18 February 2010
Stripped of the pomp and demagogy so reminiscent of the former Minister of Finance, Pravin Gordhan has not deviated one bit from Manuel's unpopular fiscal austerity and inflation targeting antics. Despite all the rhetoric about the need to focus on the jobless and poor, the budget speech signals another year of prosperity and unabated accumulation for the capitalist class while the poor will once more watch the gravy train pass by.
We are appalled that government has not detailed any financial plans to resuscitate collapsing parastatals, or any political solutions to their financial crisis such as moratorium on golden handshakes for failed executives. If government seeks to avoid the unpalatable disaster that will engulf our parastatals it has got to take decisive action. The financial chaos in Eskom, Telkom and SABC is as much a fault of the executives as it is of the government that allows these parastatals to run in the same way as private companies do. We know that Eskom will attempt to resolve its cashflow problems by deferring costs to the consumers particularly the working class and we are totally opposed to this because it will inevitably force institutions of higher learning to increase fees.
It is difficult to understand the lack of increase in company tax while the Finance Minister himself acknowledges a fall in revenue. It cannot be that tax relief is extended even to the wealthy bourgeoisie in the same way as it is done for the working class and the poor. This illusion that tax relief for capital will result in job creation will once more be proven as wishful thinking.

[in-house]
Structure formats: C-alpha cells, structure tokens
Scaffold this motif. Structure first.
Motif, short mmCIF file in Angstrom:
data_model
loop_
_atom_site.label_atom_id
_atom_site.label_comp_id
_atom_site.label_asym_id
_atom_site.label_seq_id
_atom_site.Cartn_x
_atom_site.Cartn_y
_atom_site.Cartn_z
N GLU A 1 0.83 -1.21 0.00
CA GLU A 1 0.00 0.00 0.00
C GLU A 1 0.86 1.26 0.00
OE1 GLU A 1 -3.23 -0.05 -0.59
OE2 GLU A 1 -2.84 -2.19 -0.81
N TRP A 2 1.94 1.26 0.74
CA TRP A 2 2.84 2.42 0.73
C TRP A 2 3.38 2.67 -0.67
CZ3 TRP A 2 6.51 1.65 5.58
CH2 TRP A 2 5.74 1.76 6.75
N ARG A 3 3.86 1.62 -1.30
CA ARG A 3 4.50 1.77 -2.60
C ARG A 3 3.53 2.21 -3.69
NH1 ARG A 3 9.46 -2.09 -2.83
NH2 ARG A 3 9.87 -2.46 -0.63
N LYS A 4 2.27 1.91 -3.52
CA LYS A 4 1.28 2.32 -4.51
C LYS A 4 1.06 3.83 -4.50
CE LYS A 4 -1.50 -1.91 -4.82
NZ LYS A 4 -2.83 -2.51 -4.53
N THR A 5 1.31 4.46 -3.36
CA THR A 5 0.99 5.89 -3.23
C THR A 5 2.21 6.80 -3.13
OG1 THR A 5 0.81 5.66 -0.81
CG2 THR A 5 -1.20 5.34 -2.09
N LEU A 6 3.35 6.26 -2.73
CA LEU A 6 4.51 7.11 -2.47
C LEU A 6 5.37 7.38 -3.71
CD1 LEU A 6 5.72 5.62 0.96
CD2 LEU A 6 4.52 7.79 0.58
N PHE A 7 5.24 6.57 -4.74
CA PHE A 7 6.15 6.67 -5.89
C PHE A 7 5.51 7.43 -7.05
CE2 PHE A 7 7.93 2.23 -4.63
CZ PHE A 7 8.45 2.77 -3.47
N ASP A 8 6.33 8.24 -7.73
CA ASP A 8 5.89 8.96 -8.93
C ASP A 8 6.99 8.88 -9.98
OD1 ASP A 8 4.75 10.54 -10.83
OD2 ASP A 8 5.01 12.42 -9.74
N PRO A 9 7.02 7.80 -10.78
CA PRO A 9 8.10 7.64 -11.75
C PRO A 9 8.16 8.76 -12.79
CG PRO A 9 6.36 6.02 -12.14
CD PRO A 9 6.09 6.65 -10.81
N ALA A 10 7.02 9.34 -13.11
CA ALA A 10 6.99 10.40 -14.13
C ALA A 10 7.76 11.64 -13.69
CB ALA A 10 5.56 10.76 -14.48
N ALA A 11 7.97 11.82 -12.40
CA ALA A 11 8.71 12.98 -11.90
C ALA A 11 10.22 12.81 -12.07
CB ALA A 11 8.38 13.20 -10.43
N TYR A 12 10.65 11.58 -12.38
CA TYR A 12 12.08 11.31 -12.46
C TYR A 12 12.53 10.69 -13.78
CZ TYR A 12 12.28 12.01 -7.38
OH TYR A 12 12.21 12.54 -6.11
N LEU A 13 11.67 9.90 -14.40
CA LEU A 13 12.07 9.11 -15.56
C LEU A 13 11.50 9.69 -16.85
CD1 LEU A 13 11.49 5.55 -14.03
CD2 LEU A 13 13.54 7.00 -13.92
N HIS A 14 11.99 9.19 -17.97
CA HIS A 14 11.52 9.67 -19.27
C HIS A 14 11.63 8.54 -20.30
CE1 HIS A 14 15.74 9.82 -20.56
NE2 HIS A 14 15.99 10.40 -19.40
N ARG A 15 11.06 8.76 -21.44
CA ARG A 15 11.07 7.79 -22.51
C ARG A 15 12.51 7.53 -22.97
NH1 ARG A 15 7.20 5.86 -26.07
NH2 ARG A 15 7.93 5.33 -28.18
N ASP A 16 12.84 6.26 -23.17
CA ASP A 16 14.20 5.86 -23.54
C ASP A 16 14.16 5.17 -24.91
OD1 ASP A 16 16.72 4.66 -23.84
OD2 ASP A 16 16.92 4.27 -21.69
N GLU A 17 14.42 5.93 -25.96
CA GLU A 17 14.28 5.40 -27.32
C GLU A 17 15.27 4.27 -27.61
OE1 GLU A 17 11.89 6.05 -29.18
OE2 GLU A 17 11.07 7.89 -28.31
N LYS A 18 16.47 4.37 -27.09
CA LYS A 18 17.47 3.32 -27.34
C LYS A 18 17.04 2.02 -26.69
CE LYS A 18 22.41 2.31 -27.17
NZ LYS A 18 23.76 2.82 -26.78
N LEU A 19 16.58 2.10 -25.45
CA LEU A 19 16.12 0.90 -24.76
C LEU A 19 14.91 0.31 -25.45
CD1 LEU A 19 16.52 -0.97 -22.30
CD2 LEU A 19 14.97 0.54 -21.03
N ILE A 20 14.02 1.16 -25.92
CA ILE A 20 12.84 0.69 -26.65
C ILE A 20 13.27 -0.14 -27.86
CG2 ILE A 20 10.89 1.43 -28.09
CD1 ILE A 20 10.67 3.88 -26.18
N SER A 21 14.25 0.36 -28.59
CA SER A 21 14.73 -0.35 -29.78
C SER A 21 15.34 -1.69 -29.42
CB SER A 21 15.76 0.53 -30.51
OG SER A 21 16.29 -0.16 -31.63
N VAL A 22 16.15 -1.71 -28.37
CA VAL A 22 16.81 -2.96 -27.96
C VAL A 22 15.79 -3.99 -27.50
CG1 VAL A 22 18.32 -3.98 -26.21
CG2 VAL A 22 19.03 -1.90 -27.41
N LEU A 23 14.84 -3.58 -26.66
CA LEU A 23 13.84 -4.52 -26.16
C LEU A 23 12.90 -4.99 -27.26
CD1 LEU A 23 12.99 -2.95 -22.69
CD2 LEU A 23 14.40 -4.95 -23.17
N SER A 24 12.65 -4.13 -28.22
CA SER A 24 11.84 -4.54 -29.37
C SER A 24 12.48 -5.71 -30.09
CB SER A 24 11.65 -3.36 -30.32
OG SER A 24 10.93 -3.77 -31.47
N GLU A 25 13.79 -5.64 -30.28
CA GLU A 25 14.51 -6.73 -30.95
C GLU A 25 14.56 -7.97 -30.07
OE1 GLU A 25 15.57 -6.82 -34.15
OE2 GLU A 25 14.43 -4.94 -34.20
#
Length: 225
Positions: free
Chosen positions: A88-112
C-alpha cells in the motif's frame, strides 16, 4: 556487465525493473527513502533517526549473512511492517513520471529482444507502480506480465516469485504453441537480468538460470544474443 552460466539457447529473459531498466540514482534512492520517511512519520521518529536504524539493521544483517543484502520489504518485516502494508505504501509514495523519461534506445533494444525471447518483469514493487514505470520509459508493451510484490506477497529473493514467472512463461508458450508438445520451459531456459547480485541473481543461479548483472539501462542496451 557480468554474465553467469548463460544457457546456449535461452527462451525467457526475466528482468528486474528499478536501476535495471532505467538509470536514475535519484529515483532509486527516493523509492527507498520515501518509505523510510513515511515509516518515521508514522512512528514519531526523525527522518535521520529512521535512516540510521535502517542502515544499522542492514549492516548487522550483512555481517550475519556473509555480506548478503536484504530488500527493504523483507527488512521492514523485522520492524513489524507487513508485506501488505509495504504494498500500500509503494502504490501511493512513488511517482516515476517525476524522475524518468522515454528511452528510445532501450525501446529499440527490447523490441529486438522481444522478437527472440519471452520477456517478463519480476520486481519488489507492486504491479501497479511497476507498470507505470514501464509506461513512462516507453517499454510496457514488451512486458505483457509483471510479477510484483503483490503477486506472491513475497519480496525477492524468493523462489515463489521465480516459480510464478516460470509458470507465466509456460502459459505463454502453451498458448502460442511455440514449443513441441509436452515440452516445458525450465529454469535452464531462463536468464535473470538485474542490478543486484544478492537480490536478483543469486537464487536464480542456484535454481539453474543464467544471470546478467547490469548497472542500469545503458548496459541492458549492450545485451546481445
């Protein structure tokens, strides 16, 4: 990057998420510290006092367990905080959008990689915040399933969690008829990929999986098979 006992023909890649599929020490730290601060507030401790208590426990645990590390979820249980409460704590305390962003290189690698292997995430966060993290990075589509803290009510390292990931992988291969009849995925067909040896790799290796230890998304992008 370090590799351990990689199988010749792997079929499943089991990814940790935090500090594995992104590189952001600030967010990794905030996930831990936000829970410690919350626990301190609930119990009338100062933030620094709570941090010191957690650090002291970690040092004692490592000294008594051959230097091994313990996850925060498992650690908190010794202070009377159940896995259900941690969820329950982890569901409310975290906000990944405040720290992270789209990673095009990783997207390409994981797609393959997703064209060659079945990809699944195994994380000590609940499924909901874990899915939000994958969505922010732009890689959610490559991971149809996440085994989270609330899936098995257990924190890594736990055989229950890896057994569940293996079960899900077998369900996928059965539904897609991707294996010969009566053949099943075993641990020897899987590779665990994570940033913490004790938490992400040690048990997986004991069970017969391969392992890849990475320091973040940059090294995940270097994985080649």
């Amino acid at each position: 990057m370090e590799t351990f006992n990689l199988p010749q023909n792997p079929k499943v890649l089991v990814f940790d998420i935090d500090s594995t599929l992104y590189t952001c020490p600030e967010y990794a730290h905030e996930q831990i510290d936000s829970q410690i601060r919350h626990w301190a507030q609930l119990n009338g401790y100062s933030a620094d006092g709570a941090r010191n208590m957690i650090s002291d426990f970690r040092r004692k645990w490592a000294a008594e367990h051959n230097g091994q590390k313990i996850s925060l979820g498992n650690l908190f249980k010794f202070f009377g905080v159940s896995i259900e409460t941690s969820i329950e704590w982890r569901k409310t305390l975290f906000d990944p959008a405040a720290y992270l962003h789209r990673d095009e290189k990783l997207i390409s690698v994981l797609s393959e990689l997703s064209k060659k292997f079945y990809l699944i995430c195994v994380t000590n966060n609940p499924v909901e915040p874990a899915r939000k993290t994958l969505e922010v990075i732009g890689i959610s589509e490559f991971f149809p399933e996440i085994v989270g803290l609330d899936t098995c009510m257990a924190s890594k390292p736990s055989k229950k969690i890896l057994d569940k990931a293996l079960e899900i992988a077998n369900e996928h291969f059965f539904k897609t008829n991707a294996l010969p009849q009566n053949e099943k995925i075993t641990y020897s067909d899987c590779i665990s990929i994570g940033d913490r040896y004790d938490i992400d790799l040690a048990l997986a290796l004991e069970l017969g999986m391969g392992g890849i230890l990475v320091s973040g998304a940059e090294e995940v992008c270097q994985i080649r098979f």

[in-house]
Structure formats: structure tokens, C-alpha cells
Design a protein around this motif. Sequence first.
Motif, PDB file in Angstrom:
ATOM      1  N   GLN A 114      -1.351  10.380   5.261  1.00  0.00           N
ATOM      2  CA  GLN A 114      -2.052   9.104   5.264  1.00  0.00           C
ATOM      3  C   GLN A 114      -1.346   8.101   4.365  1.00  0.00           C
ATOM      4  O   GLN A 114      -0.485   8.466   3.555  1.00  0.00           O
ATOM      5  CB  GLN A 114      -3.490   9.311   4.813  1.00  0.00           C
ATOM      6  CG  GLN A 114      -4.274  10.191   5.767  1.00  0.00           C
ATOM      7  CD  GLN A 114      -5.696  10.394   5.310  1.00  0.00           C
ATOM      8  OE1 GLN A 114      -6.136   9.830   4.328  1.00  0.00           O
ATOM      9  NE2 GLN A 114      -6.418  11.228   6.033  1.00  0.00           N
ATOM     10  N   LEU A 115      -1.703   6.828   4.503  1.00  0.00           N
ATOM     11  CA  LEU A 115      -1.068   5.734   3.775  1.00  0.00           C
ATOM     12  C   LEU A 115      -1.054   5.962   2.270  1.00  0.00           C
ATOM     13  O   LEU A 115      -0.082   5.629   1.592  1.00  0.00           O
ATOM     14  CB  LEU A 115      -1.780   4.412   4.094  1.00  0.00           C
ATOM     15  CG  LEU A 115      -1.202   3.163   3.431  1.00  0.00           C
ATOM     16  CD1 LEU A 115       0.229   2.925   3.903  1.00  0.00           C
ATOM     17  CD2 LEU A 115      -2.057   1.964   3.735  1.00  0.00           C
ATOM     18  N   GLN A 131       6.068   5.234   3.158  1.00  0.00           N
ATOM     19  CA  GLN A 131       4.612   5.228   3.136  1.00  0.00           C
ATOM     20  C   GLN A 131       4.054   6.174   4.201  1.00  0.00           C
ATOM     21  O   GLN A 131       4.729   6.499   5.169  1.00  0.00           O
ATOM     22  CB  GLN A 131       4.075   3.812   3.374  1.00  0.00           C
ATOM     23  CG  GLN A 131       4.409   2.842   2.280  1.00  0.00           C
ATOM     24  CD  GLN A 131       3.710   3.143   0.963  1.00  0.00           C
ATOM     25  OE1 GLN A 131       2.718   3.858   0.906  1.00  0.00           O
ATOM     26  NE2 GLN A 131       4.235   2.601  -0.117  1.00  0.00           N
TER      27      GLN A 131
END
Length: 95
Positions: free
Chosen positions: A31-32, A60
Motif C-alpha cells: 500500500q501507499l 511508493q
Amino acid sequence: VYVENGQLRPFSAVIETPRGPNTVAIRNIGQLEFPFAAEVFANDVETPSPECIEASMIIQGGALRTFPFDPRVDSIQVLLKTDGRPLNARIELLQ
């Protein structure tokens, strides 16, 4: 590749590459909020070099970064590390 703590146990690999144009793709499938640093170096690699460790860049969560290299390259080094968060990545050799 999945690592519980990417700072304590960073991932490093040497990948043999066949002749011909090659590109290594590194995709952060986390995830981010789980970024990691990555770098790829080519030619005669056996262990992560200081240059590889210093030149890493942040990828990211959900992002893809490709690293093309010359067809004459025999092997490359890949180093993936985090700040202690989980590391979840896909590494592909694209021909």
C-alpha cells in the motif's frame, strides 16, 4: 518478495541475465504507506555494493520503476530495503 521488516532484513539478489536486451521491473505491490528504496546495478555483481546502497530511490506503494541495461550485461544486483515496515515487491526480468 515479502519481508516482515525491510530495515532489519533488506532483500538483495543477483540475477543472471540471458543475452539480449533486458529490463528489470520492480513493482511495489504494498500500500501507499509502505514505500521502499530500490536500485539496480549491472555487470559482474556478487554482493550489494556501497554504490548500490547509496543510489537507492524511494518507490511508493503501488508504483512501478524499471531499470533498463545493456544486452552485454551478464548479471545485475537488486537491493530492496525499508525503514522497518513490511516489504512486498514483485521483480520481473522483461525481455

We are concerned by Minister Gordhan's hint that suggests that the Reserve Bank should remain independent, quoting the constitution. The government continues to act as though it is oblivious of the fact that the Reserve Bank is one of the few that remain outside total government control far surpassing even the most avowed liberal and capitalist states.
Certain aspects of the budget remain totally laudable and impressive though. The decision for stern action against tax evasion particularly by companies is welcome. We also welcome the increase of sin tax. We welcome the increase of grants, however we believe given the increased inflation of the past few years necessitated a much more substantive increase on grants. This re-enforces our call for a Basic Income Grant. We also welcome increased spending on education but we believe it remains miniscule and cannot resolve the deep structural problems of the sector.
We believe that the budget speech was a missed opportunity to reign on companies that profit from South Africa but play no role in job creation or in decreasing the gap between the rich and the poor. The Minister missed the opportunity to once and for all accept the toothlessness of the capitalist market and direct us towards rigorous government participation in the economy. The Minister missed an opportunity to decrease economic stratification by increasing taxation on the rich.
Instead of developing a new path, Pravin Gordhan's budget speech is nothing but old wine packed in a new bottle. The excitement over the neo-liberal in outlook of the budget speech by DA, COPE and other opposition parties, exposes this.
For details Contact
Mbulelo Mandlana (President)
071 879 3408
Lazola Ndamase (Secretary General)
082 679 8718